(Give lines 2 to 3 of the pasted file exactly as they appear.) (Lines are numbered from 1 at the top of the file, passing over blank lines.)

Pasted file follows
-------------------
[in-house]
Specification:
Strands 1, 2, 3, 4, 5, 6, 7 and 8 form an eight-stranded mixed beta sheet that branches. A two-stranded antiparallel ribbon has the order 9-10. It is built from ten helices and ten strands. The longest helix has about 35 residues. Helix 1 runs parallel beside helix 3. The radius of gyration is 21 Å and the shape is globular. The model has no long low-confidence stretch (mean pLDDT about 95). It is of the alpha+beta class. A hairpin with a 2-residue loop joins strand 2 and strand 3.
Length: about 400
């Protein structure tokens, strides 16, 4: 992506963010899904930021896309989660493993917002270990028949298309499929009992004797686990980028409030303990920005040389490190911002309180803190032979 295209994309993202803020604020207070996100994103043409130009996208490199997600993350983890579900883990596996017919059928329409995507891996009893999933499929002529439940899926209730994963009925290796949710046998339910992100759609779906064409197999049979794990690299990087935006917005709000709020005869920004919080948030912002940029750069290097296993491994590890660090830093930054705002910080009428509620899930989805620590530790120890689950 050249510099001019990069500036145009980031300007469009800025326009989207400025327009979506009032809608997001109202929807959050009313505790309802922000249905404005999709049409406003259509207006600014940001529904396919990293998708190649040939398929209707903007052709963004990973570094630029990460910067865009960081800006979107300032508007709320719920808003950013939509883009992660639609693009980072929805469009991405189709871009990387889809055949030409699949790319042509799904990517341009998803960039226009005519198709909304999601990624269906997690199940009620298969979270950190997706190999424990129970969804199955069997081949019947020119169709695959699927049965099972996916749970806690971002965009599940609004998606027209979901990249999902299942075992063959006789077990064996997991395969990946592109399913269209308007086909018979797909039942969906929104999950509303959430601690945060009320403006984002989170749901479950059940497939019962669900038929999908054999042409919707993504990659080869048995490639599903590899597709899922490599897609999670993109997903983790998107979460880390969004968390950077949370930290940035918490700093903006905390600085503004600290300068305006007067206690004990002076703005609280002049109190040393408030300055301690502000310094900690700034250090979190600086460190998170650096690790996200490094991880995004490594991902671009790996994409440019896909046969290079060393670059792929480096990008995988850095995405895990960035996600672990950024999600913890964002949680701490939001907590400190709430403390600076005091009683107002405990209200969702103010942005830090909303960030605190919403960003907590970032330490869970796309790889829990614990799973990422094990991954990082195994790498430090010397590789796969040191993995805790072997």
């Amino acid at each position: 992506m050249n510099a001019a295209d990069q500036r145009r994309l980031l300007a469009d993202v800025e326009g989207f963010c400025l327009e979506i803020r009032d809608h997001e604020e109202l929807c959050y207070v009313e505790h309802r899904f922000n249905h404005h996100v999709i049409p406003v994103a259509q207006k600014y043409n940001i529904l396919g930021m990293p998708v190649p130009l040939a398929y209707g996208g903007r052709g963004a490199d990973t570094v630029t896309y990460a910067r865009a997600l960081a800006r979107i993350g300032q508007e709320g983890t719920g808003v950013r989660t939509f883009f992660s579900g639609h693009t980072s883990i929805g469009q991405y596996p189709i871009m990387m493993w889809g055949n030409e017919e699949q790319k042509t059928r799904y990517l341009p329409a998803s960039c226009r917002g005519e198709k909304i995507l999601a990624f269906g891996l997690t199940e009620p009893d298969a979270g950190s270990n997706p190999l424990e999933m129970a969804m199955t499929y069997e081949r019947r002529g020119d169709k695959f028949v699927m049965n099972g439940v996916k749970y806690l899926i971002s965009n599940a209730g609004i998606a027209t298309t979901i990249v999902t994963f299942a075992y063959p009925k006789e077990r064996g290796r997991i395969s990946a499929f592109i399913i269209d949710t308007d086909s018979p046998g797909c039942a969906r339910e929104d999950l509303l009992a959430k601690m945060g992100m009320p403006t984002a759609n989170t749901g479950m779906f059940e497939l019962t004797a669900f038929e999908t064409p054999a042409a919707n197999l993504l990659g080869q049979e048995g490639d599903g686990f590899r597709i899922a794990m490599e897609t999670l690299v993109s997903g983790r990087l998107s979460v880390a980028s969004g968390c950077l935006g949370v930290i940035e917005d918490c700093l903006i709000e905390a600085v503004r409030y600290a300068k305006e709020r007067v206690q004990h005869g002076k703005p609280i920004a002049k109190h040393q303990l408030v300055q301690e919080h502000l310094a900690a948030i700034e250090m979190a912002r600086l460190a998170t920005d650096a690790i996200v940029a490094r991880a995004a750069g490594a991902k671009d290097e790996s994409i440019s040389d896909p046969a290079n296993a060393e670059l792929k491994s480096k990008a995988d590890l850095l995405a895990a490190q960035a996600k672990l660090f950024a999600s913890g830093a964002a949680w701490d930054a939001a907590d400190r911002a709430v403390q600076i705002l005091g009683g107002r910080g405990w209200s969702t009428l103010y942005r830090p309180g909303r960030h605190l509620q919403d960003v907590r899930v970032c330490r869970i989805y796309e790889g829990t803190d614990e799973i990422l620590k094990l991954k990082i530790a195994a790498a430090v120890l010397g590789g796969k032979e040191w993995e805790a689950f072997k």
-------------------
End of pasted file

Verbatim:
Specification:
Strands 1, 2, 3, 4, 5, 6, 7 and 8 form an eight-stranded mixed beta sheet that branches. A two-stranded antiparallel ribbon has the order 9-10. It is built from ten helices and ten strands. The longest helix has about 35 residues. Helix 1 runs parallel beside helix 3. The radius of gyration is 21 Å and the shape is globular. The model has no long low-confidence stretch (mean pLDDT about 95). It is of the alpha+beta class. A hairpin with a 2-residue loop joins strand 2 and strand 3.